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3.1 The Game
9-Ball is a rotation-style game played with a cue ball and nine object balls numbered 1 through 9. The 9-ball is the game winning ball. The object of the game is to pocket the 9-ball on any legal shot.

3.2 9-Ball Rack
The balls are racked as follows (see Figure 3-1):

a. in a diamond shape with the 1-ball as the apex ball on the foot spot;
b. the rows behind the apex are parallel to the foot rail;
c. the 9-ball is in the middle of the rack;
d. the remaining balls are placed at random.


3.3 9-Ball Break Requirements
1. You begin the break with ball in hand behind the head string. The cue ball must contact the 1-ball before any other ball or cushion or it is a foul. You must either pocket a ball or cause at least four object balls to contact the cushions, or it is an illegal break. If you pocket a ball you continue to shoot; if you do not pocket a ball or if you commit a foul, your inning ends.
2. If your break is illegal, your inning ends and your opponent is awarded ball in hand.
3. In all cases on the break, jumped object balls other than the 9-ball are not returned to the table. If the 9-ball is jumped, it is spotted.
4. If you pocket the 9-ball on a legal break you win the game. If you pocket the 9-ball and foul on the break and it is spotted.

3.4 Push-out After the Break
1. On the first shot after a legal break, the player taking that shot has the option to shoot a push-out. On a push-out:

a. the cue ball does not have to contact the lowest numbered ball or any object ball at all;
b. no ball has to contact a cushion
c. all other rules and fouls still apply.

2. Any object balls except the 9-ball that are pocketed on a push-out remain pocketed. If the 9-ball is pocketed, it is spotted.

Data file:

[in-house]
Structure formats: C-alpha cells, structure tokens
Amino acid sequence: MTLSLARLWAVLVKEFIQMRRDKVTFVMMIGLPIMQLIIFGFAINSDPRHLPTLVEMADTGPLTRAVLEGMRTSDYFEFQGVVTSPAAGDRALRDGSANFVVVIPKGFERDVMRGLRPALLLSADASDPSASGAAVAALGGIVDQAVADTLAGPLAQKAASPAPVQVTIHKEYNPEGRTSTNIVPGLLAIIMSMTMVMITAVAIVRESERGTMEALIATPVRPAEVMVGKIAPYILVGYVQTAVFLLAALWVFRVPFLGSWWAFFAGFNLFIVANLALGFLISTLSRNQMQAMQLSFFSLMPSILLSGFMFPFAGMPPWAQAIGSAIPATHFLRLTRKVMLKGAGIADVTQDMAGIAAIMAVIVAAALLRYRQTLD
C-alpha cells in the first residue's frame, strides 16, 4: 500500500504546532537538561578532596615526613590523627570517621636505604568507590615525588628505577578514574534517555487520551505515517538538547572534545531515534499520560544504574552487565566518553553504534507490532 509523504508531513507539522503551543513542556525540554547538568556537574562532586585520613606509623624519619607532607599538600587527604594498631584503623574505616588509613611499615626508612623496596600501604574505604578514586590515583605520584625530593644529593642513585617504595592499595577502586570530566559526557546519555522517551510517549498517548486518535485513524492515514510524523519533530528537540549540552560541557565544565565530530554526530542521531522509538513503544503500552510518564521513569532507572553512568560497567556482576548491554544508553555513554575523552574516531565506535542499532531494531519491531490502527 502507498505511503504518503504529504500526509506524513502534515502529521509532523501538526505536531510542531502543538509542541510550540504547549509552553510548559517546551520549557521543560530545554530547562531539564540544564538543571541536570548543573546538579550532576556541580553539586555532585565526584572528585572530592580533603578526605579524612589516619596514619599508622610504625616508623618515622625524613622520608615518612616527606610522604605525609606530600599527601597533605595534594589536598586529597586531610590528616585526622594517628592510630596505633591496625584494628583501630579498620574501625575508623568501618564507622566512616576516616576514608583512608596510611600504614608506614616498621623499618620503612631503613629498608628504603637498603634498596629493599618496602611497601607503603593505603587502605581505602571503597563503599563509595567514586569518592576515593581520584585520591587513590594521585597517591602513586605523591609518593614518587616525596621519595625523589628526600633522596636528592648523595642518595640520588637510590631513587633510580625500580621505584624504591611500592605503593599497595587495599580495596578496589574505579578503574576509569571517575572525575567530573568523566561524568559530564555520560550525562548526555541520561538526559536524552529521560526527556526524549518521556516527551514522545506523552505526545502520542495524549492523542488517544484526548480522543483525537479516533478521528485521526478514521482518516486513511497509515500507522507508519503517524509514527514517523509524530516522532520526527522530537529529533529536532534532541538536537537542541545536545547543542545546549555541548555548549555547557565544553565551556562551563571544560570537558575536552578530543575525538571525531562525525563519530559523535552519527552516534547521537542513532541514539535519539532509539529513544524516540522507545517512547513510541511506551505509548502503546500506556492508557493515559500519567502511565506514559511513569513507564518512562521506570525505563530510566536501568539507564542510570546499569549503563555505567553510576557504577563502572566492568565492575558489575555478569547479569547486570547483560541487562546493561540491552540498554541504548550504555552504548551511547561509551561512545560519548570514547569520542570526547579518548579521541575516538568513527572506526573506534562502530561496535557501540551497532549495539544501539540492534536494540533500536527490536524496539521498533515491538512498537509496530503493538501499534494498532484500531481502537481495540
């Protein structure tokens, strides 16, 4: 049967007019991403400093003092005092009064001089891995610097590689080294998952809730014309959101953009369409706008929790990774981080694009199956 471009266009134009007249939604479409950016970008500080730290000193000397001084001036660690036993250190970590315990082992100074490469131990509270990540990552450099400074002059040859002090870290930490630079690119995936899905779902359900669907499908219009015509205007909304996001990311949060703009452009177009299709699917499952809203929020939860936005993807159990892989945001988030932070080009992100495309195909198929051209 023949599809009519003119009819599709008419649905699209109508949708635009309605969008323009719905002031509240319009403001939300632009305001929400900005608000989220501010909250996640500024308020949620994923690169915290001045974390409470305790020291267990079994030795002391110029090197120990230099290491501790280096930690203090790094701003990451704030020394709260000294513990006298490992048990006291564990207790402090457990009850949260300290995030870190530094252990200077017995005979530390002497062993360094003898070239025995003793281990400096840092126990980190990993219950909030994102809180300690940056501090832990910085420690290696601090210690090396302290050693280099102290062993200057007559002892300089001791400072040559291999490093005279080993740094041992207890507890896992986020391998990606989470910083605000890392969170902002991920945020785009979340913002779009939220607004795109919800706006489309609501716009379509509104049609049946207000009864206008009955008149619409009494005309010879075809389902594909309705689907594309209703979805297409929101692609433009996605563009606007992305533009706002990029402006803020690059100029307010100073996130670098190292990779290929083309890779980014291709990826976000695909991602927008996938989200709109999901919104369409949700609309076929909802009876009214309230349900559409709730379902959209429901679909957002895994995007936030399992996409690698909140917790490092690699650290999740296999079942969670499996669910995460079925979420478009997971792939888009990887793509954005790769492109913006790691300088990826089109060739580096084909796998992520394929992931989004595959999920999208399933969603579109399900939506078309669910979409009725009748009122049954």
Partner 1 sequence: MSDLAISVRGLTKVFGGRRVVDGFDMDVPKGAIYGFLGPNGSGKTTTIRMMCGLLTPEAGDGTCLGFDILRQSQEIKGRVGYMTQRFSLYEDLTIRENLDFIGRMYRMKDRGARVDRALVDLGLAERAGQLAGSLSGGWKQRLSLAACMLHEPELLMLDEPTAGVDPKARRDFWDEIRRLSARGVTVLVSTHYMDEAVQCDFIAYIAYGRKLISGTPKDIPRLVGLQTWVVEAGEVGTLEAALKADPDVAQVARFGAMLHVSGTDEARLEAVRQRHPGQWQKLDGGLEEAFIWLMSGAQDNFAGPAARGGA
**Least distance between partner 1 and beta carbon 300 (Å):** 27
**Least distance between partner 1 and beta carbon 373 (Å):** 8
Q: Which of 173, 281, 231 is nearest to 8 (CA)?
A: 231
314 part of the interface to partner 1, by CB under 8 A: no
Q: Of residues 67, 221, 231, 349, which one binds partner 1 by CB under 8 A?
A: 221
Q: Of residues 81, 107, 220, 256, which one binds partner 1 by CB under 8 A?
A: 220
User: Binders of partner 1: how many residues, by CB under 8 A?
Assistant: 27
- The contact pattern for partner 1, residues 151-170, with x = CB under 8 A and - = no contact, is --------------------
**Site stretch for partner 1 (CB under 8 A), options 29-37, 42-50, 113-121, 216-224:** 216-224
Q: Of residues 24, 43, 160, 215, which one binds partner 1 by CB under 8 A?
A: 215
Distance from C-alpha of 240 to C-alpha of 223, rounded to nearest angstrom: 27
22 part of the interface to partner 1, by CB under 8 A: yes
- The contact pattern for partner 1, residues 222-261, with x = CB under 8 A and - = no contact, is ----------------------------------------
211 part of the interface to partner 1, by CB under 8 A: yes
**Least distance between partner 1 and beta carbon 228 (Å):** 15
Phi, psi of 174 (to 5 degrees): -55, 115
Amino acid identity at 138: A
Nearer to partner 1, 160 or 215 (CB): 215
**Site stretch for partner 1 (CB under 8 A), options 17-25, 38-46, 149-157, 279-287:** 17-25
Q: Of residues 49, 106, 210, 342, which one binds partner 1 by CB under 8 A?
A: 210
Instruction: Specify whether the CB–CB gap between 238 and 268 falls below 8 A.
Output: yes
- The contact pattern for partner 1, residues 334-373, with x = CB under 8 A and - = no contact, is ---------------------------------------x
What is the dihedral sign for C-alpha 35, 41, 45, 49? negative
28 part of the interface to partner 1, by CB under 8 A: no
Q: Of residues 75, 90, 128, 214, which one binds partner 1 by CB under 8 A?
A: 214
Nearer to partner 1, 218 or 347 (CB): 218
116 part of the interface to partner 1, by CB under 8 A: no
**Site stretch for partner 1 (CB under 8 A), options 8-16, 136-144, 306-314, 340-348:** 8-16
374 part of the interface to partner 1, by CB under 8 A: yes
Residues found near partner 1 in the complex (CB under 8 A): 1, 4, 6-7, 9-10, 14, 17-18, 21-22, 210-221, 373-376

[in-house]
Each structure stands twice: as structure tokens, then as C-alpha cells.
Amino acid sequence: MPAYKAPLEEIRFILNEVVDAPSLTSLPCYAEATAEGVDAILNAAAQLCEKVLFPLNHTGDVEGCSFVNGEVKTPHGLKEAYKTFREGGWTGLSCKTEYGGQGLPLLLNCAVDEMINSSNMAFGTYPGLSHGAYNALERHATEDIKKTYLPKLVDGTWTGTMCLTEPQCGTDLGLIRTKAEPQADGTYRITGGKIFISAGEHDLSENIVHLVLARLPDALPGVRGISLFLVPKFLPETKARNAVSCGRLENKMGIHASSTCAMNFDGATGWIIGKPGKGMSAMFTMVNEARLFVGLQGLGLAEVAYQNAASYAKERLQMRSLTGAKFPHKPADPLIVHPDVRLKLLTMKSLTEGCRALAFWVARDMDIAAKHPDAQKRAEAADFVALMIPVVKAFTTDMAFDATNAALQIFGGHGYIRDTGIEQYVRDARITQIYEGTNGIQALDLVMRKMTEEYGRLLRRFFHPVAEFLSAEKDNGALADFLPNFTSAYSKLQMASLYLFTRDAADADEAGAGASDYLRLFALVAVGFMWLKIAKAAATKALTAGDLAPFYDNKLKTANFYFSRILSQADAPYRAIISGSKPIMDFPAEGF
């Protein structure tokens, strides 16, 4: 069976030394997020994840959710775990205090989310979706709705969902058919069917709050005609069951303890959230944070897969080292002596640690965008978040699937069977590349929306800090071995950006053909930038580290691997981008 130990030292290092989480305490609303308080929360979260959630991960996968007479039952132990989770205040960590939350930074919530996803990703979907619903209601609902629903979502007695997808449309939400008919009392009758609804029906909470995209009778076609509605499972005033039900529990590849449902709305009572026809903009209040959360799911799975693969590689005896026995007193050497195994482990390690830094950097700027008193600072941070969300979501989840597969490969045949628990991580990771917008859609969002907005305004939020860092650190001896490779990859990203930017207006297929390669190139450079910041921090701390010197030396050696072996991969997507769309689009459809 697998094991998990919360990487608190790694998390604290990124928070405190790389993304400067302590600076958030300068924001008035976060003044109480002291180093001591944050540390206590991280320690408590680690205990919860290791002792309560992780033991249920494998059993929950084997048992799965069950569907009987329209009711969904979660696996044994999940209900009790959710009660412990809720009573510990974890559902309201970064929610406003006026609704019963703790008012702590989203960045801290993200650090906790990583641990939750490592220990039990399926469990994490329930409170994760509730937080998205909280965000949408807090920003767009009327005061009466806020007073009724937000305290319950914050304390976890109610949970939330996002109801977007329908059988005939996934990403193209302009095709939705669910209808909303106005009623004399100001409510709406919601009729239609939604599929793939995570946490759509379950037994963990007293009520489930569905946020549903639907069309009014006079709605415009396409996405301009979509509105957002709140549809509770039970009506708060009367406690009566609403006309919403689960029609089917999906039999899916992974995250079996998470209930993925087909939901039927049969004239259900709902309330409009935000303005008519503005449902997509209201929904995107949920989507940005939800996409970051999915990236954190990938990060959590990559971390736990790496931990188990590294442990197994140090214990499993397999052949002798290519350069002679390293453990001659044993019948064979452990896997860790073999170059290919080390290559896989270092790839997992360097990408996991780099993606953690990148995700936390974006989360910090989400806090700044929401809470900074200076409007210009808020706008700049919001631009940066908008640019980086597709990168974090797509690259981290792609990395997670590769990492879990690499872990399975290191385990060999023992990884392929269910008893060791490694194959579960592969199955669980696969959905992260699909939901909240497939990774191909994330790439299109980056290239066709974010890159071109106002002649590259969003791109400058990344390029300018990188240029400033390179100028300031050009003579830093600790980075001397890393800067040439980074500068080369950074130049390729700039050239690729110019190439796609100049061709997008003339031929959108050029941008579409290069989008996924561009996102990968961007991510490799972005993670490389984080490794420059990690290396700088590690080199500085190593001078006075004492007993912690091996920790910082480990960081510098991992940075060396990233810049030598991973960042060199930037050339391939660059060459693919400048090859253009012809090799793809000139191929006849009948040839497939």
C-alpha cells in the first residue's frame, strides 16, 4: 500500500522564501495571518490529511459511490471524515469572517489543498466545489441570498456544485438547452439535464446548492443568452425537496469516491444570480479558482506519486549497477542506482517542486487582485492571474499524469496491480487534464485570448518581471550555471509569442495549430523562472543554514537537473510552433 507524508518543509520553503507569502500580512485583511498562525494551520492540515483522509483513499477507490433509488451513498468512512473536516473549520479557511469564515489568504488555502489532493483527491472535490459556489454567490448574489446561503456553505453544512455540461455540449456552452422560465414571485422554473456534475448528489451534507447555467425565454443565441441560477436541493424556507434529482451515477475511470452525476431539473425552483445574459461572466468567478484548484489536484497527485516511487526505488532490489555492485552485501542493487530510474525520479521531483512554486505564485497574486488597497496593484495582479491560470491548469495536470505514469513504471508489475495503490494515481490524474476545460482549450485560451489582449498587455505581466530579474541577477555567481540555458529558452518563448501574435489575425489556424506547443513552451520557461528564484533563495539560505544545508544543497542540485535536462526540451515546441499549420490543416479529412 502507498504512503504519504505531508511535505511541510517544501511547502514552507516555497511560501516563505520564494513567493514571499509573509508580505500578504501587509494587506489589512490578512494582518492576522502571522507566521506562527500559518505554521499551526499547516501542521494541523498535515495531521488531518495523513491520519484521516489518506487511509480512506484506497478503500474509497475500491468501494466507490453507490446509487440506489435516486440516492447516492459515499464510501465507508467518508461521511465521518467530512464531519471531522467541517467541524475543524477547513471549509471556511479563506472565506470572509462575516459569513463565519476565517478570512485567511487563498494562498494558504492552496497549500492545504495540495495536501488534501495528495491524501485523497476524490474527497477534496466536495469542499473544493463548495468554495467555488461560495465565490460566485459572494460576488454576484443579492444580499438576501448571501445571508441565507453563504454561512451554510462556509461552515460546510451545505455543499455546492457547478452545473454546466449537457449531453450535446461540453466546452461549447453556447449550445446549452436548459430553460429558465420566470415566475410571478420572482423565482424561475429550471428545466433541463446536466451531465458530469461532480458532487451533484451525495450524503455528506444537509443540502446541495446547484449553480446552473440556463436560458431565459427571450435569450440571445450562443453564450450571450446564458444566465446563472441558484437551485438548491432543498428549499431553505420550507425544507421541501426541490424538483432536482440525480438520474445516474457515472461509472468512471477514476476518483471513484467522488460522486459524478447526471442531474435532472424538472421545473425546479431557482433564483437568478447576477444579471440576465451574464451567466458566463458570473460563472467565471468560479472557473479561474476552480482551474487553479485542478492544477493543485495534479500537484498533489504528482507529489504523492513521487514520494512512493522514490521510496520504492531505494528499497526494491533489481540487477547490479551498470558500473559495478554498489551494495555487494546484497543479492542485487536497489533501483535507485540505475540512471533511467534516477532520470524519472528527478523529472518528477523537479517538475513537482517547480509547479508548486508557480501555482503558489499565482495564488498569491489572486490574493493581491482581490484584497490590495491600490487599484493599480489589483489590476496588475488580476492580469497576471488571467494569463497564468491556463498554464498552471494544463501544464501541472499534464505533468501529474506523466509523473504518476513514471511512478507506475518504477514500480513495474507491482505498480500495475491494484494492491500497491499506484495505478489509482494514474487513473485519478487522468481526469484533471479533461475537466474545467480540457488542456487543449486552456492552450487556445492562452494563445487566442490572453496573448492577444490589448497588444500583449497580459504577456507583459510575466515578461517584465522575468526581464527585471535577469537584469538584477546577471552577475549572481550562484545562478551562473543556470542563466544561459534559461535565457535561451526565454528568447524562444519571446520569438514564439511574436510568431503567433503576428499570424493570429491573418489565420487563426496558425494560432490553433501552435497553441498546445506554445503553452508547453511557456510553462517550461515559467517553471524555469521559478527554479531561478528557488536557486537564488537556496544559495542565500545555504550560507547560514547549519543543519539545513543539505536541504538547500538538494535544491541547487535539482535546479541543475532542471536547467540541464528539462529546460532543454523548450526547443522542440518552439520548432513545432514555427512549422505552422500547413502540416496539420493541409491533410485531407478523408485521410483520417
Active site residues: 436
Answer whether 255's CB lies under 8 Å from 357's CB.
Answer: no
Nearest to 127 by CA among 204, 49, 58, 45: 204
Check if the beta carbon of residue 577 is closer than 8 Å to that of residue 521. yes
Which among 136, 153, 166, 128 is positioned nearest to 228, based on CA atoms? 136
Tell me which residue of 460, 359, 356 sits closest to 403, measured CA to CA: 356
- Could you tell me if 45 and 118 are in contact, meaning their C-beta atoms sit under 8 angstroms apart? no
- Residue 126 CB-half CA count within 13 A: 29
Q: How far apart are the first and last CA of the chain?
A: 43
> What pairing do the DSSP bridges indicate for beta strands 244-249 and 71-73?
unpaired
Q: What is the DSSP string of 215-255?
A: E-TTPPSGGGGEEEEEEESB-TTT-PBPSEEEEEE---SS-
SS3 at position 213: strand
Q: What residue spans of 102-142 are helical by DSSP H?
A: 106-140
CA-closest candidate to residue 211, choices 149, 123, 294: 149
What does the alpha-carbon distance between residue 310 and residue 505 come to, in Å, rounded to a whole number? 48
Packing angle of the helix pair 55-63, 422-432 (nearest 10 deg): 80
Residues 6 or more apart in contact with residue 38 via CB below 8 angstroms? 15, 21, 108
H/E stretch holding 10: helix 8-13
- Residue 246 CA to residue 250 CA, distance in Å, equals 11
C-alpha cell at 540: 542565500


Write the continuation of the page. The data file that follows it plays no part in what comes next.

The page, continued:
3. If you play a push-out, you must notify your opponent before the shot and your opponent must acknowledge your intention.
4. Your inning always ends after a push-out. Your opponent may:

a. accept the table in position and shoot, or;
b. require you to shoot again with the table in position.

5. You may not play a push-out if you have ball in hand on the shot after the break.

3.5 Continuing Play
1. After the break (and push-out, if one occurs), play continues as follows:

a. the lowest numbered ball on the table must be the first object ball contacted by the cue ball or it is a foul;
b. If you legally pocket any ball your inning continues;
c. the 9-ball is spotted if it is pocketed on a shot on which a foul occurs or if it is jumped;
a. other jumped balls and illegally pocketed balls are not returned to the table.

2. When it is your inning, you must continue to shoot as long as you legally pocket a ball on each shot. If you do not legally pocket a ball or if you commit a foul, your inning ends.
3. The game is won by the player who legally pockets the 9-ball.

3.6 Three Successive Fouls
If you commit three successive fouls in one game you lose the game. After your second successive foul your opponent or a referee must warn you that you are on two fouls and you must acknowledge the warning. If the warning is not issued and you foul a third successive time:

a. it is not considered your third successive foul;
b. you do not lose the game;
c. your foul count remains at two.

3.7 Stalemate
If the table is in a position such that a referee has determined that any attempt to pocket or move a ball will result in loss of game, and each player has had three innings without significantly changing the position, the referee will declare a stalemate and the game will be replayed with the player who broke the game breaking again.

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